First, I think the Asian crisis hit at a time when the Australian economy was in good shape, partly for cyclical reasons. By mid 1997, the economy was growing strongly and inflation was lower than our target. Had we not received a contractionary impulse from the Asian crisis, we may have been facing the need to tighten policy because of a potential overheating. No-one will ever know, but it is a possibility. I am conscious that attributing our performance over the past 18 months to our good starting point is rather superficial because it does not explain why the starting point was so good. But I will come back to that later.
Second, I think we have benefited from the flexibility of our exporters who have switched from the contracting Asian markets into the expanding North American and European ones, and into a number of other markets we do not usually think of as being important to us. The nature of our exports – with so much of them being commodities – has helped, but the efforts of our marketing companies and authorities should not be ignored. Even so, it has not proved possible to prevent exports from falling, and over the year to the September quarter they fell by 2 per cent in volume.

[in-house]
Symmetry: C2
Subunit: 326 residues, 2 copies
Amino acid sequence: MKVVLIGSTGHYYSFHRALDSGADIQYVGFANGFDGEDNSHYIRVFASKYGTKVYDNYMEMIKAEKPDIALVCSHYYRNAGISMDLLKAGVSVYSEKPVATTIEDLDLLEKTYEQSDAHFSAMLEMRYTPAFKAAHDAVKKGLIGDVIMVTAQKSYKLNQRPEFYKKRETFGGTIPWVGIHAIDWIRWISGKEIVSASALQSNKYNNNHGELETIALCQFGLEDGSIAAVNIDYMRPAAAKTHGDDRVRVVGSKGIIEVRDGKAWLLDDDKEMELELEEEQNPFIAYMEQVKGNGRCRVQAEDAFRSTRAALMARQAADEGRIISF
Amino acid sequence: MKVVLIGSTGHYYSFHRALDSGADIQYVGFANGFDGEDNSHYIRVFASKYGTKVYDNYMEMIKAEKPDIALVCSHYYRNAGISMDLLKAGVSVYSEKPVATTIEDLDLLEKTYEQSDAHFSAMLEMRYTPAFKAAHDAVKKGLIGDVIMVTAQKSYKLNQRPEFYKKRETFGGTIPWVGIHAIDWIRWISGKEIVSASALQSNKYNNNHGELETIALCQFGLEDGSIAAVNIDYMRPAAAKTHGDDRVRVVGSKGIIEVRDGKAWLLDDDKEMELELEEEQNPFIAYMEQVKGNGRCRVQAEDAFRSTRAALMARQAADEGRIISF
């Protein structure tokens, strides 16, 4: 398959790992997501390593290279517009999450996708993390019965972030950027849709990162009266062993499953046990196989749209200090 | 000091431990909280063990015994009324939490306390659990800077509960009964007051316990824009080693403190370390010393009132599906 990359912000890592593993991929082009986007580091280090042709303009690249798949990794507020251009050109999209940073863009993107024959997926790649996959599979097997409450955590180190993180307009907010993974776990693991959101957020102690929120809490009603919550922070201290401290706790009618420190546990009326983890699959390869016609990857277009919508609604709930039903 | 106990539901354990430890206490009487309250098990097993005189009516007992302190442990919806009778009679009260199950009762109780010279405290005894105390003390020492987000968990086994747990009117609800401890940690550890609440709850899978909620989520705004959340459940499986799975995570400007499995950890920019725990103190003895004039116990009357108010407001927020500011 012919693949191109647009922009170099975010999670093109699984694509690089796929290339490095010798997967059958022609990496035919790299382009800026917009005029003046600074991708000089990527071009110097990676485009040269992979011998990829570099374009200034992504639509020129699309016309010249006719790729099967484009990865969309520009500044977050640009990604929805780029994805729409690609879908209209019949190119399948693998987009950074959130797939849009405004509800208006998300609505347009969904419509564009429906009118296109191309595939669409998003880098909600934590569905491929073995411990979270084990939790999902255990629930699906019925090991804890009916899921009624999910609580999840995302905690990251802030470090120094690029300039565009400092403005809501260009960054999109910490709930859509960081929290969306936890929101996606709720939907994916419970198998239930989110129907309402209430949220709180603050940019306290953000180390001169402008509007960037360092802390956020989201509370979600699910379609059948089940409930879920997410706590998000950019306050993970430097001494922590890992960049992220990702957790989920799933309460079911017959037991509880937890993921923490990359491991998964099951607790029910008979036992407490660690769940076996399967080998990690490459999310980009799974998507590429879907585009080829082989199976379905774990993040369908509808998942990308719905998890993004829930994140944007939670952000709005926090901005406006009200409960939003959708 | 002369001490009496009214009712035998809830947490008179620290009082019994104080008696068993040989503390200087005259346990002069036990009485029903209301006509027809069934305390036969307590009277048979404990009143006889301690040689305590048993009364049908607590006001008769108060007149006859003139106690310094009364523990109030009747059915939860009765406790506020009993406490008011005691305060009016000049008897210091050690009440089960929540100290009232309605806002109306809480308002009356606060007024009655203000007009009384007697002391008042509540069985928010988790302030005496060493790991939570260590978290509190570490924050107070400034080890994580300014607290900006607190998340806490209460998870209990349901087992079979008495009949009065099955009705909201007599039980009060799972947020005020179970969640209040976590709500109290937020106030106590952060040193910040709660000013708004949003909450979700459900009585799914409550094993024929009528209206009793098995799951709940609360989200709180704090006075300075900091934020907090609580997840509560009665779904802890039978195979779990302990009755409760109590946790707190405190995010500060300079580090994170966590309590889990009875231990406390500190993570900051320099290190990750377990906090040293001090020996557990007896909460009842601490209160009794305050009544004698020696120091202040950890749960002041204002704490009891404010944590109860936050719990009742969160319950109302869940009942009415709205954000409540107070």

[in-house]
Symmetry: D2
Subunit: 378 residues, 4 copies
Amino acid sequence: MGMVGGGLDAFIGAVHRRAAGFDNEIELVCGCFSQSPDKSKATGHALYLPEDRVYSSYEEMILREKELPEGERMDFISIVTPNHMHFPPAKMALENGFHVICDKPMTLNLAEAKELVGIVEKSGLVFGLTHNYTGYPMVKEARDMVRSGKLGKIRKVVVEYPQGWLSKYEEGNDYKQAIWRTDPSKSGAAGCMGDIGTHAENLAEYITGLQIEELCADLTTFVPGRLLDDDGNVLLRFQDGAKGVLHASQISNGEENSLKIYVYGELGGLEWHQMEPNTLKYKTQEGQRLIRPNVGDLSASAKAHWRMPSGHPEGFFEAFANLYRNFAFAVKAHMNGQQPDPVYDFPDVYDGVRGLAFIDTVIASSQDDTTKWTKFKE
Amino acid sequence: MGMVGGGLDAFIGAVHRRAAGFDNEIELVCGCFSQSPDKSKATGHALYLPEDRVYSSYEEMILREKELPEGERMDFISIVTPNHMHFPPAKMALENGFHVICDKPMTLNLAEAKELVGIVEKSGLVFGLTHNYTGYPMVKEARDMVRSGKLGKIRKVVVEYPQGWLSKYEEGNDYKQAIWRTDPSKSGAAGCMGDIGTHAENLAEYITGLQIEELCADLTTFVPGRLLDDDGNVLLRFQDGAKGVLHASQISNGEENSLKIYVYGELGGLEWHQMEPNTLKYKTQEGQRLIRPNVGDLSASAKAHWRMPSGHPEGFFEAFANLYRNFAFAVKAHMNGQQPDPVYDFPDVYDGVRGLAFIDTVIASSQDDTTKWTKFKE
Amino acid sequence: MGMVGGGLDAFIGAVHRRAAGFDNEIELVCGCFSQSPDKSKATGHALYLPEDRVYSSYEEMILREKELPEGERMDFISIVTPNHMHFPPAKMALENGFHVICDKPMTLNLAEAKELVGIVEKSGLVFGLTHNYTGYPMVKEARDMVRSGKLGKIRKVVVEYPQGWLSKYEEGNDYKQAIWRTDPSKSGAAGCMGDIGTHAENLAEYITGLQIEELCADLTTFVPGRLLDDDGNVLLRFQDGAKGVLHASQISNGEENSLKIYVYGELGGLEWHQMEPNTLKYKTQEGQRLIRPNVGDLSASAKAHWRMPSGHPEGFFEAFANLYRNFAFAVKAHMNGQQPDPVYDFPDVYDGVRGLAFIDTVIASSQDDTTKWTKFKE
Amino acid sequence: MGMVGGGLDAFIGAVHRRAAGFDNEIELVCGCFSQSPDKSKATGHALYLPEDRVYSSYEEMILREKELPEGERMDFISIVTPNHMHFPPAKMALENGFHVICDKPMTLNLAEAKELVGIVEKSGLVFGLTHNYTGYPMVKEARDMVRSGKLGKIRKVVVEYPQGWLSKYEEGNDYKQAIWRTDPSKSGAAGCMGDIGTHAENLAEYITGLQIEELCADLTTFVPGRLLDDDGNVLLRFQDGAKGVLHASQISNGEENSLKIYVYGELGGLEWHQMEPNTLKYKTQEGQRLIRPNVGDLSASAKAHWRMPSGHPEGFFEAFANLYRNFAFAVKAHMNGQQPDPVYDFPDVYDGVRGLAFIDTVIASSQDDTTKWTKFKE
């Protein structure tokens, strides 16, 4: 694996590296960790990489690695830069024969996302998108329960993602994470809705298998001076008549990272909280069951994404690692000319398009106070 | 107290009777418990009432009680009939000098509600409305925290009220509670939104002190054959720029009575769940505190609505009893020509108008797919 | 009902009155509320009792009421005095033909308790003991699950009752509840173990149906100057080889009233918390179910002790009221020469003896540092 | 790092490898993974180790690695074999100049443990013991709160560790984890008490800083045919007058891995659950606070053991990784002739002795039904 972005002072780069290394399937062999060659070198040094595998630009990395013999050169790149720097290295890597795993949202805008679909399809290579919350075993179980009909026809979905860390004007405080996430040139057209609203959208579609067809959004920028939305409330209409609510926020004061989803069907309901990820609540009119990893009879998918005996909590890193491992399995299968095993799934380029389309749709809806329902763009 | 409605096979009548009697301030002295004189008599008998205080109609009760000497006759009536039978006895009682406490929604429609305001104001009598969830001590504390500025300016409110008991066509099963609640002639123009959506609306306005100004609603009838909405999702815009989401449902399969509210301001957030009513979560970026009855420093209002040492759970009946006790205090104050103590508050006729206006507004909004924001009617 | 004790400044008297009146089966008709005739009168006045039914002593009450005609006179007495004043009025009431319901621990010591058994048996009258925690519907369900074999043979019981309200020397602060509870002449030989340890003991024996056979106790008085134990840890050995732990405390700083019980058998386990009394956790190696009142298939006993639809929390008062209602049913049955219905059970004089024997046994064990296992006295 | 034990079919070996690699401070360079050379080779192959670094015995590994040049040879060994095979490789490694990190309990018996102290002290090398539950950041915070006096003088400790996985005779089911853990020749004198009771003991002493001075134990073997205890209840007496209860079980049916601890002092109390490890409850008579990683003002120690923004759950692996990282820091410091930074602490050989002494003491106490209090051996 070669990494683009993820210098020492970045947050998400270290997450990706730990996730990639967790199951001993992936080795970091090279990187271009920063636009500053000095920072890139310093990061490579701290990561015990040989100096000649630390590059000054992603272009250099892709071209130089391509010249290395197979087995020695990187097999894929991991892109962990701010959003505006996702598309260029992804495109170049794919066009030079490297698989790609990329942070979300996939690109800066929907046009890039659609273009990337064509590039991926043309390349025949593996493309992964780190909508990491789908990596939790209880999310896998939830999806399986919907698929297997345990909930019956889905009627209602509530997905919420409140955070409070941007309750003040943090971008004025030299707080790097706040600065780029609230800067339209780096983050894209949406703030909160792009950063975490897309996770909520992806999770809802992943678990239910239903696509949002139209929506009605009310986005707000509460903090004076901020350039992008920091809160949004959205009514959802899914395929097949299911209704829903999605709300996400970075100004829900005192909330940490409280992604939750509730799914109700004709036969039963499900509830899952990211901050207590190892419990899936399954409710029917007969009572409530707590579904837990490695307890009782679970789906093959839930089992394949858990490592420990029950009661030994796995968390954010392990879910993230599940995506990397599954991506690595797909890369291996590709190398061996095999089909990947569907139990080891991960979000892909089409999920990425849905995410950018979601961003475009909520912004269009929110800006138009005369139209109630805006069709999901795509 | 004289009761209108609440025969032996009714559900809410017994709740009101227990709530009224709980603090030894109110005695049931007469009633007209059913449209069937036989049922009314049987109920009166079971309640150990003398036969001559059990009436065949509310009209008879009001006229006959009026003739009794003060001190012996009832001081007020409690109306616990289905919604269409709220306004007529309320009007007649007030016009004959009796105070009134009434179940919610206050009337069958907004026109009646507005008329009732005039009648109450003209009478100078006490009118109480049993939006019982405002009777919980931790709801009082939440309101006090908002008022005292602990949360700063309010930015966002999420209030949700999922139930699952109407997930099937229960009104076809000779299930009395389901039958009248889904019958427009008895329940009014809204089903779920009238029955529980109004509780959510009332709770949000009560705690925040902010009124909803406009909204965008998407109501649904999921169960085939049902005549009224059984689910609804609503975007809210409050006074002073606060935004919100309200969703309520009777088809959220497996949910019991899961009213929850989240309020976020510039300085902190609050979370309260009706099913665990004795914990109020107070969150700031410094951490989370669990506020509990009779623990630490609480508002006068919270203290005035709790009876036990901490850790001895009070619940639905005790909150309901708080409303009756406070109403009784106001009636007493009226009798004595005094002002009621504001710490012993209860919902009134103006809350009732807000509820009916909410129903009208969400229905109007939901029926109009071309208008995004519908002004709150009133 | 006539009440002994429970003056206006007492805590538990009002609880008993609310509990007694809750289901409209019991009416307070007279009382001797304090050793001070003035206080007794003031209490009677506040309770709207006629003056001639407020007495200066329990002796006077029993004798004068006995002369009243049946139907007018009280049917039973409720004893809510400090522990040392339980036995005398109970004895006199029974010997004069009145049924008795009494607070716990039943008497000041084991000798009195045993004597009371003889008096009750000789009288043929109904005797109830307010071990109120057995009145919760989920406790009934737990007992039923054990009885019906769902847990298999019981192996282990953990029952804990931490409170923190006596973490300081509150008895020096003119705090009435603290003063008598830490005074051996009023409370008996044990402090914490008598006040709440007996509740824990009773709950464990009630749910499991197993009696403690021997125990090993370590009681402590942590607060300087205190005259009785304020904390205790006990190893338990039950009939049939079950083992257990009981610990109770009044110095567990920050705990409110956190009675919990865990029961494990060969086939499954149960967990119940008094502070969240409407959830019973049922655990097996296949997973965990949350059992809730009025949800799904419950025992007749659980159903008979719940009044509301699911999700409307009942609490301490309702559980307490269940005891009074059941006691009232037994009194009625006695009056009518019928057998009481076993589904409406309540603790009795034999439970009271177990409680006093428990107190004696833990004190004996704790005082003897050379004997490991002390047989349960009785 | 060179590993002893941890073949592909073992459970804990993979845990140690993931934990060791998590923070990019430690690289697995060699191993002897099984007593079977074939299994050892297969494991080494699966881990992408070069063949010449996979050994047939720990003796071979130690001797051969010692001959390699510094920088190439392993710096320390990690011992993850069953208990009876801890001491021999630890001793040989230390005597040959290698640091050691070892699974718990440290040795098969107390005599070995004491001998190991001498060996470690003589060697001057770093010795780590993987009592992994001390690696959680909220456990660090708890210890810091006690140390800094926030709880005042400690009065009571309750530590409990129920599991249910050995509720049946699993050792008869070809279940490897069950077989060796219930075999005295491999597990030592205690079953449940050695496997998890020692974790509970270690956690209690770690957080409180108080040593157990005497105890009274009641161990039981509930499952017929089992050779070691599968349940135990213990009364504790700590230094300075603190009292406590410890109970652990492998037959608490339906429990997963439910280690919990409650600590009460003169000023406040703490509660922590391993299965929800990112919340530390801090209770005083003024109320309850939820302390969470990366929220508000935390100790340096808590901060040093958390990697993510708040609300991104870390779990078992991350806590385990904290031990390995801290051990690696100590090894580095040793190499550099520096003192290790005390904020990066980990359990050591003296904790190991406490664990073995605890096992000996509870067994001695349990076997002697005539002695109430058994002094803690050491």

Third, Australia has benefited from a greatly improved perception of the soundness of its economic policies. The fact that the budget has moved back into surplus – where it should be in the mature phase of an economic expansion – has been important. So has nearly a decade of low inflation. Also important on this occasion has been the recognition that Australia scores well on such factors as its regulation of banks, other financial institutions and stock exchanges, and that its underlying body of commercial law and accounting practice is at or close to world best practice.
Not only have the international capital markets taken a better view of Australia, but we also seem to have more confidence in ourselves. Business and consumer confidence initially fell as the Asian events unfolded, but they did not fall excessively – for the most part they fell from well above average to about average. In the past three months, they have tended to rise moderately again as figures about the economy have confirmed that it has performed better than most expected.